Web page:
GEORGE SOROS:Instead of consuming, building an electricity grid, saving on energy, rewiring the houses, adjusting your lifestyle where energy has got to cost more until it you introduce those new things. So it will be painful. But at least we will survive and not cook.

* * * [Back to the future - Obama's 'rescue plan' 13 Oct '08] * * * We've switched - from lecture and discussion at Hornton Grange at the University Conference Park with my Japanese students and friend and colleague Chris Game - to watching the BBC live feed from the House of Commons - a wide screen image, with good sound, of PMQ - Prime Minister's Questions. (YouTube extract) It's an especially useful example of being able to watching significant political moments, as the House considers the government's decision to spend even more money than was approved by Congress on Friday, in the form of a 'rescue package' - £250 billion in the hope of improving the 'general liquidity' - about £4000 per person across the UK - to give a feel for scale. In the States it was $70 billion (£394 billion) for a population of 301 million. Technology having become more versatile in the last year, we watched the Diet of Japan and other political forums - as three years ago I sat at the kitchen table in Birmingham watching Katrina - in repetitive stills - hitting the coast of New Orleans, ravaging the city and the lives of those unable to drive to safety, marking the start of European familiarity with the phrase 'sub-prime lending'. [Back to the future 2/11/08: on this matter of using WiFi in the classroom I know it's only the start of something quite different whose form is still unclear 'where the teacher can respond quickly and flexibly to students by tapping into a rich repository of learning gadgets relevant to the class and the syllabus to build a classroom experience that changes as fast as the students inquisitive minds.'] * * * Last night I had supper at Henry's in St.Pauls Square with my old friends, Kim and Tanya. It was so good to be together again after so long a break in our 8 or 9 month reunions. This time it was over a year so we had lots of chat about families, friends and the state of the world as it seemed from our homes and our different institutions, Birmingham University, Cranfield University Business School and private consultancy. "This is such a mess. It's so depressing. People are getting hurt or expecting to be. I cheered myself" said K " by thinking this may at least kick us into saving the globe" "And it may stop banks forcing loans down my kids' eager throats and then short-selling their debt to your eager kids as real money" I said. Didn't someone say "We're leaving Planet Finance: returning to Planet Earth; Wall Street becoming like Venice from the 19th century on - primarily for tourists...." * * * A rather astonishing and quite pleasing thing has happened. Out of the blue someone I've not met for half a century has e-mailed me suggesting a visit next month to the grounds of Ashfold School - where I was between 1949 and 1954, from age 7 to 12. Shortly after I left, the school moved to a place near Aylesbury. The old school was demolished. I've not been much interested in school reunions, but I know I'm not gold glazing my childhood in affirming that Ashfold was a happy place - liberal without ideology. I'm sneezing from dust raised sifting through unvisited files, digging out black and white images long unseen. The astonishing thing about the part of my brain that stores my past is that so much has lain there, as untapped as my old school photos. Unlike ones of me as a baby or toddler - in the secret garden of infancy - these photos record a time when I was poised between haloed clouds and common day. While the photos are faded, memories surface with astounding freshness, in colour with echoes; faces, words including school slang, (a sacred stubby - a pencil sharpened, at both ends, to the last syllable of available lead, respecting habits of scarcity from the war) events, personalities and now, in a trickle, stories of long ago - as others begin to chat via e-mail with images shared on the web about our forthcoming get-together. In the school photo from 1953 I'm eighth from the right, third row up. * * * Pushbikes arranged a public meeting with Birmingham City Council on 9th October at the Birmingham and Midland Institute to discuss cycling issues. I couldn't go. The photo shows the start of what became a standing room only event. Centre foreground is Howard Boyd, who's quietly done more for cycling in this city than anyone, and whose research - 12 years ago - into the health benefits of cycling got me taking up cycle commuting, and - last October - to divorcing my car. * * * The court case over the deaths in October 2006 of two children at the Louis Corcyra Hotel is due in November on the island. There's another worrying piece of news from the 'freelance one man band' Brabant on local concern about the EU subsidised landfill at Lefkimi - in this case a film on YouTube about its effect on the local water table.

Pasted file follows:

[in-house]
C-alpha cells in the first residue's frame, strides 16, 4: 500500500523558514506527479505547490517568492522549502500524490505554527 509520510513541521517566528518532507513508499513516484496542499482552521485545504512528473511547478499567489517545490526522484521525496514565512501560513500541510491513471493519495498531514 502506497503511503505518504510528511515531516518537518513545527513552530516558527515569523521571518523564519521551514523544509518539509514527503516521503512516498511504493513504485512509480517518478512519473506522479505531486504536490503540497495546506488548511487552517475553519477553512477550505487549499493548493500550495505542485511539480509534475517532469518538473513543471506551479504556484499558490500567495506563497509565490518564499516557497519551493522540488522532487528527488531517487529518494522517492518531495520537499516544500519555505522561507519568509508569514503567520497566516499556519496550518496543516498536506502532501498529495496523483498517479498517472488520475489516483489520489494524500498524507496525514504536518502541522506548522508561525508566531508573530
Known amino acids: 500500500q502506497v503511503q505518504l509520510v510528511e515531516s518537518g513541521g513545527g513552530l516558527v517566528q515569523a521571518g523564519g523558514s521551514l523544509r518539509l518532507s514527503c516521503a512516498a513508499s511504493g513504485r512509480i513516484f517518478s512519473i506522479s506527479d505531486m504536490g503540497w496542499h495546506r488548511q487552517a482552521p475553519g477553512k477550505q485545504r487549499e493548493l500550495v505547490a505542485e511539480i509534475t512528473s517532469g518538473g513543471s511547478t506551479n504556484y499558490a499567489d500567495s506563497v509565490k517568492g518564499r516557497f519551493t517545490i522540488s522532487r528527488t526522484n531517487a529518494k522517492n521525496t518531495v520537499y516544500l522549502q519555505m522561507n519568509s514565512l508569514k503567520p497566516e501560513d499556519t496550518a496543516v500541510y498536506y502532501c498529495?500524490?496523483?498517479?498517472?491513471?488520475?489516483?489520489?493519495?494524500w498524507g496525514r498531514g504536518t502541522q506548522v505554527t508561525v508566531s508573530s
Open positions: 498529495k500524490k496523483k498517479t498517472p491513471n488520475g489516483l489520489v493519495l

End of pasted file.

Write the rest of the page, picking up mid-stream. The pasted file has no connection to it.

From Corfu Malcolm Brabant reports: Environmental campaigners -Spiros Pantis, taverna owner, Dimitris Fanariotis, Eco Corfu and Stephanos Kouris, Environmentalist - on Corfu accuse the EU of wasting subsidies on a new rubbish dump that, they allege, fails to meet waste disposal standards laid down by Brussels. The campaigners claim the landfill site, near one of Corfu's most popular tourist beaches, is going to cause serious pollution because Brussels does not monitor how its money is spent.


  1. Simon, great school leading to imaginative blog and cunning use of technology? Chris Holtom

  2. Thank you Chris. It's a delight to hear from you and to look forward to meeting soon.